Jesus wept”, said Francis, beginning his homily from the day’s passage of the Gospel according to Luke (19:41-44). Indeed, as “he drew near Jerusalem”, the Lord “wept at the sight of the city”. Why? Jesus himself provides the answer to this question: “Would that even today you knew the things that make for peace! But now they are hid from your eyes”. Thus he “wept because Jerusalem did not know the way of peace and chose the way of hostility, of hatred, of war”.
Today, Pope Francis recalled, “Jesus is in heaven, watching us”, and “he will come to us here, on the altar”. But “today too, Jesus weeps, because we have chosen the way of war, the way of hatred, the way of hostility”. This is even more glaring now that “we are approaching Christmas: there will be lights, there will be parties, trees lit up, even nativity scenes… all decorated: the world continues to wage war, to wage wars. The world has not comprehended the way of peace”.
And yet, the Pontiff repeated, “last year we commemorated the centenary of the Great War”. And “this year other commemorations for the anniversary of Hiroshima and Nagasaki, to name only two”. And “everyone laments”, saying: “What awful stories!”.
Remembering his visit to the Redipuglia Military Memorial on 13 September 2014 during the centenary of World War I, the Pope quoted the words of Benedict XV as he spoke of the “useless slaughter” that took the lives of “millions and millions of men”. However, he added, “still we do not comprehend the way of peace”. And “it doesn’t end there: today, in the newspaper, in the press, we see that in those parts there have been bombings” and we hear that “that is a war”. But “there is war everywhere today, there is hatred”. We even reach the point of consoling ourselves by saying: “Well yes, it’s a bombing, but thank God only 20 children were killed!”. Or we tell ourselves: “Not too many people died, many were abducted…”. But like this “even our way of thinking becomes irrational”.
Indeed, the Pontiff asked, “what remains of a war, of the one that we are experiencing now?”. What remain are “ruins, thousands of uneducated children, the deaths of so many innocent people: so many!”. And also “so much money in the pockets of arms dealers”.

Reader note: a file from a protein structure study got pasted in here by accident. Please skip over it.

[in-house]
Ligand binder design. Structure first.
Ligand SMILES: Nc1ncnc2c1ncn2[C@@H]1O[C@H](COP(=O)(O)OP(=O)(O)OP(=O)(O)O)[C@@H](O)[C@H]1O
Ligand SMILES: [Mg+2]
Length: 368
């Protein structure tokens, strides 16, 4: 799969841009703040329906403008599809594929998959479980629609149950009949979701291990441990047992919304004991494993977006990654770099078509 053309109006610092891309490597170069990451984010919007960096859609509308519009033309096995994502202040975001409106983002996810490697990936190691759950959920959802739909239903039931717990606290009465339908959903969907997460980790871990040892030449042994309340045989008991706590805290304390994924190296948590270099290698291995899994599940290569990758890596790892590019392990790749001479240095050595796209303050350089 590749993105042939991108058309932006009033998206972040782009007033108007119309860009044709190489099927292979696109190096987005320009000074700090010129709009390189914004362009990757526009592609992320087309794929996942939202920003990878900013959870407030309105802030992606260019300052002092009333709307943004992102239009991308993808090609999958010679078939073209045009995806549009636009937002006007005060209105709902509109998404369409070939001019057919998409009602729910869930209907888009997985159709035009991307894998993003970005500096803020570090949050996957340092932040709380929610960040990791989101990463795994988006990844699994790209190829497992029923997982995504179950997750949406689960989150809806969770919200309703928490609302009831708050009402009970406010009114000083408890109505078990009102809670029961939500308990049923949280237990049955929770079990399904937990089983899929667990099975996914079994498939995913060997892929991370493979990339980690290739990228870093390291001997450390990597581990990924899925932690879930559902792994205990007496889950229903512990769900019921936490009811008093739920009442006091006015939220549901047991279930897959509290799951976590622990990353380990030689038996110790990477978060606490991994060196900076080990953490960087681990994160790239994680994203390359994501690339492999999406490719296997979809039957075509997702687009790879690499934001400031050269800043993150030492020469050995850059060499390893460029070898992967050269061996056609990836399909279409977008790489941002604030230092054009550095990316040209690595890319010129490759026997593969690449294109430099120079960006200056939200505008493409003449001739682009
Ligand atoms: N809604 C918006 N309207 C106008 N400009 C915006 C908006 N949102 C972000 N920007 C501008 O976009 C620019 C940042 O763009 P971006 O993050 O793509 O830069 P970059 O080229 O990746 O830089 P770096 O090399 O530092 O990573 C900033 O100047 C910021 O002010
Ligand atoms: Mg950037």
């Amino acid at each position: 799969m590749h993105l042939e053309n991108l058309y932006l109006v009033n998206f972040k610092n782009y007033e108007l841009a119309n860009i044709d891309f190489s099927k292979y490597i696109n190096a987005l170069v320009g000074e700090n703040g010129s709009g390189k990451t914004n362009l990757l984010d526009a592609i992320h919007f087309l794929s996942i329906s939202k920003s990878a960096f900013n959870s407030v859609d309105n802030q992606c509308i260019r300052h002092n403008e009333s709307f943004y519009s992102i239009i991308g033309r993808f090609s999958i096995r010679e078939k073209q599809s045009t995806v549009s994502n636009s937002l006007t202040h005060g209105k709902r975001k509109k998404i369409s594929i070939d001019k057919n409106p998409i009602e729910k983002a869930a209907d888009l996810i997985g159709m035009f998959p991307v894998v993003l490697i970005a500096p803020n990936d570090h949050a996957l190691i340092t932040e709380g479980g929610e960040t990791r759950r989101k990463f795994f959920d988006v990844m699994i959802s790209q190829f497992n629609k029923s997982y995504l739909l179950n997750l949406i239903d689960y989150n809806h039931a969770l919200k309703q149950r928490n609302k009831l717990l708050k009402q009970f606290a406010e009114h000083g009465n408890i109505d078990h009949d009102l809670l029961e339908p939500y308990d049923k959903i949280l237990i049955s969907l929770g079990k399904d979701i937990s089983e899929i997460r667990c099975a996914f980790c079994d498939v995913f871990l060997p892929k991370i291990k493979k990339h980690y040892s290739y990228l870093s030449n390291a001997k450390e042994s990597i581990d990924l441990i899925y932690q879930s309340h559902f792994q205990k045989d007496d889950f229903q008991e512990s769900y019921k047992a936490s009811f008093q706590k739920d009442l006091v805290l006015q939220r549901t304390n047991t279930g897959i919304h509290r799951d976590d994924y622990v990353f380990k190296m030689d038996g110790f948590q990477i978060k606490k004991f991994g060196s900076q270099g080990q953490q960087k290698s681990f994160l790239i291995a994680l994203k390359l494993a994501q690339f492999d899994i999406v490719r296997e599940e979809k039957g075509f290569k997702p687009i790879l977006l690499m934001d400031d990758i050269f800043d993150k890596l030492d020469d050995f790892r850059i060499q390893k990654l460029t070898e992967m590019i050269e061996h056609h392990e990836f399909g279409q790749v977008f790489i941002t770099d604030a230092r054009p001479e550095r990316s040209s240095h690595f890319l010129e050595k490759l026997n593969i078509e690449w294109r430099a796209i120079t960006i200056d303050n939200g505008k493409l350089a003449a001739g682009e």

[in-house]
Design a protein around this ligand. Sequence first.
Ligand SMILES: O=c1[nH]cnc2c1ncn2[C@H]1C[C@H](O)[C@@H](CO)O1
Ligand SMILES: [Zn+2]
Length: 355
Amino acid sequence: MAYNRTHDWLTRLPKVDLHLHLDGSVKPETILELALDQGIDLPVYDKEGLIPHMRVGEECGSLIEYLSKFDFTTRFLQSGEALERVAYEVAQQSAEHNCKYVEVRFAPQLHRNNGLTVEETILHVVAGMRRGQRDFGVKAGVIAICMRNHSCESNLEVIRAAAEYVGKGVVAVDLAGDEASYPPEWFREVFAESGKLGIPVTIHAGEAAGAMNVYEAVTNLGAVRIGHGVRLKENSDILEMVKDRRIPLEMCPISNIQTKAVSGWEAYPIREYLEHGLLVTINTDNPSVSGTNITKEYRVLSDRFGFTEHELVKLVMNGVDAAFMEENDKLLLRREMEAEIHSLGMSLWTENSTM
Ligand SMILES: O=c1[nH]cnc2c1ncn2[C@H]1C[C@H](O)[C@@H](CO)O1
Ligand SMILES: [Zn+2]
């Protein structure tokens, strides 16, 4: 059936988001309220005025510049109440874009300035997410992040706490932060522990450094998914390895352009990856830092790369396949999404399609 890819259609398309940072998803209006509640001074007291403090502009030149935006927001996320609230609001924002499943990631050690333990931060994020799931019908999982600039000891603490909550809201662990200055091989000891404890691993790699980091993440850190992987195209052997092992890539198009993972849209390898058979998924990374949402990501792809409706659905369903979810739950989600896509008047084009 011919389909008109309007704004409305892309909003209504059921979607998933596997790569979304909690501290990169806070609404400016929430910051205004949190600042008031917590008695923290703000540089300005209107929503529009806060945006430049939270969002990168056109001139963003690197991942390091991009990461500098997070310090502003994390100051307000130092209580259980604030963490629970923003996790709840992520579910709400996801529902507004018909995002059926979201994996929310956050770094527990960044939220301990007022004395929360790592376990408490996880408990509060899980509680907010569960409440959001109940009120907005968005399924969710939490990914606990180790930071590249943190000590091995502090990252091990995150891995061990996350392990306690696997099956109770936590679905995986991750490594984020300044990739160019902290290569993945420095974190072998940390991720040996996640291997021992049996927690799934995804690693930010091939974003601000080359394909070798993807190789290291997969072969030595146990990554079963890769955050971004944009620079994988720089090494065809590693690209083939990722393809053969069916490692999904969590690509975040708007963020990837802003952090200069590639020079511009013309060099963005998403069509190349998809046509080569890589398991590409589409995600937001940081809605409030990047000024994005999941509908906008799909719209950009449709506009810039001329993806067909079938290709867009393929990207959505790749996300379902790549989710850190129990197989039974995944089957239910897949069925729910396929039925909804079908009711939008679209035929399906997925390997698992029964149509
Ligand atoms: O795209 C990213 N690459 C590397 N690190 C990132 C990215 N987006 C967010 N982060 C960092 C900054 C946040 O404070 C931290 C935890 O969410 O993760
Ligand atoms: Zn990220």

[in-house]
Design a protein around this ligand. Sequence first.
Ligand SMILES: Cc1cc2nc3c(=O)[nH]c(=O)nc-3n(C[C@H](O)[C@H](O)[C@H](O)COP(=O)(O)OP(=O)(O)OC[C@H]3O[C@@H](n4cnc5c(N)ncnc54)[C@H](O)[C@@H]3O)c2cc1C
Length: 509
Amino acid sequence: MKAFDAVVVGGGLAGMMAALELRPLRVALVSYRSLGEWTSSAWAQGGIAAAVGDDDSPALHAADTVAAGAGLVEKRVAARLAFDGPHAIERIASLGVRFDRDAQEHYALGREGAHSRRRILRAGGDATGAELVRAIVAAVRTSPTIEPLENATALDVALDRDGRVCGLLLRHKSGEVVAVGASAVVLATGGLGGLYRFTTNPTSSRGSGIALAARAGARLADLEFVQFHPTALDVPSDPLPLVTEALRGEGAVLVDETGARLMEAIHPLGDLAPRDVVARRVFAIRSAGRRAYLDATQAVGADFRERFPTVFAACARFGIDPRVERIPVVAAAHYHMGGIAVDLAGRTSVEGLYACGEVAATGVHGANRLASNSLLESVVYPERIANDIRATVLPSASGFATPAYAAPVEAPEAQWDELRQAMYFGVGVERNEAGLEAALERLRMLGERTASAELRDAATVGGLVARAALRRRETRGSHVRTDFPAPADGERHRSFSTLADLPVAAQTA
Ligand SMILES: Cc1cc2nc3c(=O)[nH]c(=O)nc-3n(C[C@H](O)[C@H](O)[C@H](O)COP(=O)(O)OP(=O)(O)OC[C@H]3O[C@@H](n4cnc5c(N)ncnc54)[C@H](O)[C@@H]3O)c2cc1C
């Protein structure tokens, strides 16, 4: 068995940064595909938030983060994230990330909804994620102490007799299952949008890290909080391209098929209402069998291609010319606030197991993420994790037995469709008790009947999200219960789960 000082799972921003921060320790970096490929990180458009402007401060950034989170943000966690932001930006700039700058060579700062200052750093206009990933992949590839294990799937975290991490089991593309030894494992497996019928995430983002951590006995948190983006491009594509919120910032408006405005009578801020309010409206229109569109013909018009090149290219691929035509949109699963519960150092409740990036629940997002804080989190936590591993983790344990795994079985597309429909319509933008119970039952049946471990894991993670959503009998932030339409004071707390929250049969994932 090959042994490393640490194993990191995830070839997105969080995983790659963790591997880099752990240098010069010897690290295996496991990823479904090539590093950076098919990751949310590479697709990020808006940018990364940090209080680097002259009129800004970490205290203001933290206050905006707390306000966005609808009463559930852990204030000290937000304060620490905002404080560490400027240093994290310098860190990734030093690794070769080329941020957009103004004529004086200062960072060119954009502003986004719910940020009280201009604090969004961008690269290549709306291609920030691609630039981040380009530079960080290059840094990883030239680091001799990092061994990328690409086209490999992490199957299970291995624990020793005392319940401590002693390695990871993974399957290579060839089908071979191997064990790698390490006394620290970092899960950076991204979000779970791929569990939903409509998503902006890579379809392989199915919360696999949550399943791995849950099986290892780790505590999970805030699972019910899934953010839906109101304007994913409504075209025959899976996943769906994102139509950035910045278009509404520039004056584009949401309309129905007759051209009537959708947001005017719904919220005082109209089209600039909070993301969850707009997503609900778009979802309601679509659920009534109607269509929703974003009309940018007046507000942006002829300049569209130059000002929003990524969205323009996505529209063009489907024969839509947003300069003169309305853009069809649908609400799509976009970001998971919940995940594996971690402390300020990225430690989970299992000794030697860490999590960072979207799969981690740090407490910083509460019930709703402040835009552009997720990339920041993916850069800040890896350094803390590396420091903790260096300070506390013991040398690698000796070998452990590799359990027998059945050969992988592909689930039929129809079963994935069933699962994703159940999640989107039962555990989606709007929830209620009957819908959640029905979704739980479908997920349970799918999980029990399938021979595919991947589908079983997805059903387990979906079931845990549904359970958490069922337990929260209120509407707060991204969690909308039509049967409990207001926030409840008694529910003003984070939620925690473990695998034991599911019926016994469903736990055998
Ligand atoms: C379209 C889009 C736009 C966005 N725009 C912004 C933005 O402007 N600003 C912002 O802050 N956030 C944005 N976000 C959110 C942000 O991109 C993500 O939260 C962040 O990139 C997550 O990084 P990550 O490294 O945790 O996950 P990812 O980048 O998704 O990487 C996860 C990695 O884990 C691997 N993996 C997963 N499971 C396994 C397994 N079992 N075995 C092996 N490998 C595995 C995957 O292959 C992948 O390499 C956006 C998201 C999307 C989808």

It is a crucial question. Once, the Pope recalled, “Jesus said: ‘no one can serve two masters: either God or wealth”. And, he continued, “war is choosing wealth: ‘let’s make weapons, this way the economy will balance out somewhat’, and we continue with our interests”. In this regard, Francis stated, “there is a horrible word of the Lord: “accursed”, because “he said: blessed are the peacemakers!”. So those “who work for war, who wage wars, are accursed, they are criminals”.
A war, the Pontiff explained, “can be justified” — in quotation marks — “with so many, many reasons. But when the whole world, as it is today, is at war — the whole world! — it is a world war being fought piecemeal: here, there, there, everywhere”. And “there is no justification. God weeps. Jesus weeps”. Thus again we hear Lord’s words before Jerusalem, expressed in the Gospel according to Luke: “would that even today you knew the things that make for peace!”. Today “this world is not a peacemaker”. And “while arms dealers perform their work, there are poor peacemakers who, simply in order to help one person, another, another, another, give their life”. And they carry out this mission by looking to “a symbol, and icon of our times: Teresa of Calcutta”. In fact “with the cynicism of the powerful it could be said: but what did that woman do? She lost her life helping people to die?”.
The issue is that today, “the way of peace isn’t comprehended”. Indeed, “Jesus’ proposal of peace has not been heard”. And “this is why he wept looking at Jerusalem and he weeps now”.
“It will be good for us too”, the Pope said, “to ask for the grace to weep for this world which does not recognize the way of peace, which lives to wage war, while cynically saying not to do so”. And, he added, “let us ask for a conversion of heart”. In conclusion, right “at the threshold of this Jubilee of Mercy”, Francis expressed hope “that our jubilee, our joy may be the grace that the world may once again find the capacity to weep for its criminality, for what it does with wars”.